Forty-six years ago this week, Elton John was scaling the upper reaches of global pop charts with Sorry Seems To Be The Hardest Word, one of the best-known and most enduring songs in his storied back catalogue.
While the song itself has stood the test of time, the sentiment expressed in its title is out of step with the moment we now live in.
"Sorry" has rarely seemed a more popular word to say and yet rarely has it felt so empty. Humility has too often given way in 2022 to grandstanding apologies served with a side order of unrepentant justification.
An essay in The New Yorker magazine last month called this “performative remorse”, when citing Will Smith’s post-Oscars apology on social media for the slap-punch he landed on Chris Rock at the awards ceremony.
“I was out of line and I was wrong,” Smith said solemnly in the aftermath of the incident, before adding that he was “trying to be remorseful without being ashamed of myself".
In that instant, Smith seemed to prove that mea culpas really aren’t what they used to be.
There are multiple examples in the world of politics, business, sport and entertainment.
Sam Bankman-Fried tried last month to say sorry after his FTX cryptocurrency empire fell apart spectacularly. During rounds of media interviews designed to frame the FTX fall as stemming from bad decisions rather than potential fraud, SBF admitted: “I screwed up."
He followed it up with the strange assertion to The Puck that “I spent a lot of last month apologising but I don’t know how much the apologies mean to people” – as if there was a threshold beyond which he didn’t have to atone any more or justify his actions – and added that "what happened, happened".
Earlier this year, Liz Truss spent a few weeks as UK prime minister before being forced to leave office after her botched recovery plan sent the British economy into a tailspin.
“I do want to accept responsibility and say sorry for the mistakes that have been made,” she said as she sought to cling on to power in the middle of October. “I wanted to help people … but we went too far and too fast,” she added unrepentantly.
Ms Truss left Downing Street a few days later, suggesting as she departed that her government had acted “urgently and decisively” but did not make any further admission of error.
Boris Johnson, her predecessor as prime minister, spent much of the early months of this year “unreservedly” apologising for breaching lockdown rules during the pandemic, while failing to convince either his opponents or the British public of his sincerity.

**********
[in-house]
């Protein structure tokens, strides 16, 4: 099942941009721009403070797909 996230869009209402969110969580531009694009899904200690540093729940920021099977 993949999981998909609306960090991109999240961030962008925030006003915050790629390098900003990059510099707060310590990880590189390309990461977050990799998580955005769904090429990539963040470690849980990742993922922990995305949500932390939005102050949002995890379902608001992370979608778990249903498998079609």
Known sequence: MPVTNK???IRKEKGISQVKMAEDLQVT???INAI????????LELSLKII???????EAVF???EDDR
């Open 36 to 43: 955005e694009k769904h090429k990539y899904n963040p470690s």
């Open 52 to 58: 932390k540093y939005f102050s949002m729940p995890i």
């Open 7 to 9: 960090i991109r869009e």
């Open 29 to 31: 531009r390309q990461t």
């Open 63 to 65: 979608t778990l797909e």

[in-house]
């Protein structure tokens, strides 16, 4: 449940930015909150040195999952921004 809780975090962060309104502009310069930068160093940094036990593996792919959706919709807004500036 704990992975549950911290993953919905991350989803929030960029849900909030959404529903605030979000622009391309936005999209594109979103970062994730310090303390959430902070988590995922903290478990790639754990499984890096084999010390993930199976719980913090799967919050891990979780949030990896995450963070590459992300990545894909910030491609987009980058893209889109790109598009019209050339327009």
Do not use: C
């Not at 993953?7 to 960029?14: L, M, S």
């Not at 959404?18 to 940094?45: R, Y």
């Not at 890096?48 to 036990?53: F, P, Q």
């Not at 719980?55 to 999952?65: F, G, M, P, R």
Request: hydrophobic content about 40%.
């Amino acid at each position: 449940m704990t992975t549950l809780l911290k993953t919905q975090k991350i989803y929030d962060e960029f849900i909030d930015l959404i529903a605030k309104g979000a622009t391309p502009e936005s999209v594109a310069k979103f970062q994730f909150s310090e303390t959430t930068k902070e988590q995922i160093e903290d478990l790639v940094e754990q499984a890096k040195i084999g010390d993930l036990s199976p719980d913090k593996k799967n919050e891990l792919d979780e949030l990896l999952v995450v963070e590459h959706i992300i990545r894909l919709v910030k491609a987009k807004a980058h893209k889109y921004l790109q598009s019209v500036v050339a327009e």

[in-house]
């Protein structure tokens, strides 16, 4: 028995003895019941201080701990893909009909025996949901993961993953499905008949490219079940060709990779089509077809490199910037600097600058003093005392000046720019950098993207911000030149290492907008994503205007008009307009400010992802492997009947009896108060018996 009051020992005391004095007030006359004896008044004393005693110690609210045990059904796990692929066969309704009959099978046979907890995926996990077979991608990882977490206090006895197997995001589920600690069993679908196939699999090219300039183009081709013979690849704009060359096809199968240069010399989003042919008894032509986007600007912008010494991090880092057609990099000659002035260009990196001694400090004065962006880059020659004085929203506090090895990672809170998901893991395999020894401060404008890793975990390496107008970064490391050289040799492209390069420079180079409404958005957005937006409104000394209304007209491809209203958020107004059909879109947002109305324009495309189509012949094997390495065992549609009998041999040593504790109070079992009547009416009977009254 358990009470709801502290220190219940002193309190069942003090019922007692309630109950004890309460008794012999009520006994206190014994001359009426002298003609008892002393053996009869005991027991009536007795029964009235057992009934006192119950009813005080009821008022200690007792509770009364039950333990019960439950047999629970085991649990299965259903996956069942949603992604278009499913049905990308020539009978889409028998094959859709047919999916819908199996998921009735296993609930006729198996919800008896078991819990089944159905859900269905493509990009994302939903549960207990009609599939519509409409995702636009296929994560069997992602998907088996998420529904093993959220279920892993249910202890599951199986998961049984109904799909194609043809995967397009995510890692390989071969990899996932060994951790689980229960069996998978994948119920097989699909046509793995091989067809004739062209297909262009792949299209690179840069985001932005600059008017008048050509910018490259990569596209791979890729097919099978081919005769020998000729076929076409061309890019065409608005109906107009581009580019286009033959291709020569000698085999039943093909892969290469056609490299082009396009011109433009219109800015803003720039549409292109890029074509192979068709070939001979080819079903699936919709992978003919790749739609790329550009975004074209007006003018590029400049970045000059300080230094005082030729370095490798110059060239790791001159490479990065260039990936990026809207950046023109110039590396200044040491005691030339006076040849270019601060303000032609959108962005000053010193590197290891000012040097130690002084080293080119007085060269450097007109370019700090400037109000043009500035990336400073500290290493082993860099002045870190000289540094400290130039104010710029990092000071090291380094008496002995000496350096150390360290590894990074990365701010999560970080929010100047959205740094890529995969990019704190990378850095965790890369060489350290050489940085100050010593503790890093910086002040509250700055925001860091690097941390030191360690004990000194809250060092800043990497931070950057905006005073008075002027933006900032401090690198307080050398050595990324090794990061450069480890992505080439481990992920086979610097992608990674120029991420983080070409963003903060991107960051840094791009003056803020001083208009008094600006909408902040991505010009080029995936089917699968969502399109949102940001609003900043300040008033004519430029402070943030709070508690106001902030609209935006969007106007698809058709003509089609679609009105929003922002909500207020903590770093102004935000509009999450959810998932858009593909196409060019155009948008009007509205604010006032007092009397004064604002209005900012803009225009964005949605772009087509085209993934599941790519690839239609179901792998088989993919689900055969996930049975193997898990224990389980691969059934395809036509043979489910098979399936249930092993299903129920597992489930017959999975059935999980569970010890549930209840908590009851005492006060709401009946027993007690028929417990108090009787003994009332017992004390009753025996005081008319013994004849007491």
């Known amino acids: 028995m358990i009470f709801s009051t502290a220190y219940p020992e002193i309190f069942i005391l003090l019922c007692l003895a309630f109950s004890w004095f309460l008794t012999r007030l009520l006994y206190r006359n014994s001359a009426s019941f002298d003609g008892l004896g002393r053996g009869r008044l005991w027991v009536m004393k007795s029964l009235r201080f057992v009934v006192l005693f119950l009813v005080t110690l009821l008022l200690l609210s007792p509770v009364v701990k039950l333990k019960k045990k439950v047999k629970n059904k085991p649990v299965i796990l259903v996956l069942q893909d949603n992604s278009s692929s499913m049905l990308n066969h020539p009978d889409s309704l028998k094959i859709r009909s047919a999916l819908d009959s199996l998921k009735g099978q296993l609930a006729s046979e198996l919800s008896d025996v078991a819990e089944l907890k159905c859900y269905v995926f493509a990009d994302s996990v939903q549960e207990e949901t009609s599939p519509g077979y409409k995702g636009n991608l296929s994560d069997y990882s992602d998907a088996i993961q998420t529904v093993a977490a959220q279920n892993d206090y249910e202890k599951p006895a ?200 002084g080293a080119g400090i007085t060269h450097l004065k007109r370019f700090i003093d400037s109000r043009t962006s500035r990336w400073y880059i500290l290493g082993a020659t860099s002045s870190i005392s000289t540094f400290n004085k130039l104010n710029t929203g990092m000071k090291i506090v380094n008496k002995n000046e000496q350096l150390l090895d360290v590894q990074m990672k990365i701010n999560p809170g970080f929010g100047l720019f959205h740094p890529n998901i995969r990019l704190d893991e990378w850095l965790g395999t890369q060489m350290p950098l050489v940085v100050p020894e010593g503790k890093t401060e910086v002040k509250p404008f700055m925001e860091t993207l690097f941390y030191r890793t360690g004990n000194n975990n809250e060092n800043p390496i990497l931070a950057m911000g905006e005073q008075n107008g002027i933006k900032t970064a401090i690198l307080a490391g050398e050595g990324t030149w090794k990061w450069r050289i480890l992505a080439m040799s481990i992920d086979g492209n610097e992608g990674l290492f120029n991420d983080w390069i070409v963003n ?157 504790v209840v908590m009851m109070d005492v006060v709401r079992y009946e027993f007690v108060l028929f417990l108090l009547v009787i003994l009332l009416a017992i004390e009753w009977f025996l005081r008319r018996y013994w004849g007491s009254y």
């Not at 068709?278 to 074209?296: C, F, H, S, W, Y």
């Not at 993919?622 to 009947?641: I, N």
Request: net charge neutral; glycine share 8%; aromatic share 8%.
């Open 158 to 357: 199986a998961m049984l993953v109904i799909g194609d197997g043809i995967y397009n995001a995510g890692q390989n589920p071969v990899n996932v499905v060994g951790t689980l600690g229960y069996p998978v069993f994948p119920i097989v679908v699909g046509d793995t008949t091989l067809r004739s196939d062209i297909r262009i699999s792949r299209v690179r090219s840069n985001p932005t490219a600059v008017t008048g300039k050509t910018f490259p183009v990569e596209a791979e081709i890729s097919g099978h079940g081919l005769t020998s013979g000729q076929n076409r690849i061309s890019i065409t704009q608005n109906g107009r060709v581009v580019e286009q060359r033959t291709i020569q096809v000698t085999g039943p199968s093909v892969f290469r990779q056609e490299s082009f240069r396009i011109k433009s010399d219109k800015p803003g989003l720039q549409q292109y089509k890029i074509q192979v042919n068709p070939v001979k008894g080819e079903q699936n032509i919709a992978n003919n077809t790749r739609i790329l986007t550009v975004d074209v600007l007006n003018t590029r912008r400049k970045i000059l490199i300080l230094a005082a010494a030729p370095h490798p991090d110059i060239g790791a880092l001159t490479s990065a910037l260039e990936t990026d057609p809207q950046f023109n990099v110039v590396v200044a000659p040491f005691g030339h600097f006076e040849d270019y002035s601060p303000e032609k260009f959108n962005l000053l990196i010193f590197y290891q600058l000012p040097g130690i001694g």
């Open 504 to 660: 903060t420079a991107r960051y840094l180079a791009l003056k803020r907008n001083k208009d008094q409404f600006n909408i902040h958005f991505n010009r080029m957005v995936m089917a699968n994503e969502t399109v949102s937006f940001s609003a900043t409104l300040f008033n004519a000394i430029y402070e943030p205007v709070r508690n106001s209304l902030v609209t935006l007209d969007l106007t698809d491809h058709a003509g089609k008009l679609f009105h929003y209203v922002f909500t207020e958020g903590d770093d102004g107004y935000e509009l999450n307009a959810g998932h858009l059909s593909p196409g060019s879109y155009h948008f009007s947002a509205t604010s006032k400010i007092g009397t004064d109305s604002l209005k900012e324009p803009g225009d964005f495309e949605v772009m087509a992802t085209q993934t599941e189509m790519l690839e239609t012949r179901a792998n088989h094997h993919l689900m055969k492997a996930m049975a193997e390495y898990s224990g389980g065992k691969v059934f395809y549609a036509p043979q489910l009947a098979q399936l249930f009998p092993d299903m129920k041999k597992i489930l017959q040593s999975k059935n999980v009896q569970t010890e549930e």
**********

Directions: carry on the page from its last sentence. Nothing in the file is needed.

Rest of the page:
This week, former Cameroon and Barcelona footballer Samuel Eto’o had what he described as a “violent altercation” with an Algeria fan after Brazil’s round-of-16 tie with South Korea at the Qatar World Cup.
Eto’o, who is now the president of the Cameroon Football Federation, later took to Twitter to “apologise for losing my temper and reacting in a way that does not match my personality”, before apparently saying that if he was challenged again he’d react in exactly the same way.
“I pledge to continue to resist the relentless provocation and daily harassment of some Algerian supporters,” he wrote. The antipathy between the two nations relates to an acrimonious World Cup play-off in which Cameroon prevailed earlier this year.
Which brings us to one final example from the sporting world.
Australian cricketer David Warner has recently sought to appeal against the lifetime ban on a leadership role in international cricket imposed on him after the 2018 “sandpapergate” ball-tampering episode, which involved two other Australian players.
Warner made a tearful apology following the rule-breaking incident and served a ban from cricket. At the time, he expressed a hope that he “may one day be given the privilege of playing for my country again”, which he has on many occasions subsequently, but has now withdrawn his appeal to have his leadership ban overturned.
When he decided not to pursue his appeal, Warner said he was not prepared for the process to retry his original offence while it considered the question of whether he could ever be a leader of the team again. He’s right to an extent, but he also sought to shape the terms of the process, which some will feel is overstepping the mark.
His case seems to rest on whether any of us believe in the rehabilitation of individuals and whether he could also be overreaching in his expectations for his future. Both outcomes are possible.
Many of us find it hard to truly forgive and forget, which might also explain why performative remorse has become so prevalent.
Maybe Demi Lovato’s Sorry not Sorry is the most appropriate emblem for our times rather than Elton John’s ballad for the ages, because we now live in a world of conditional contrition.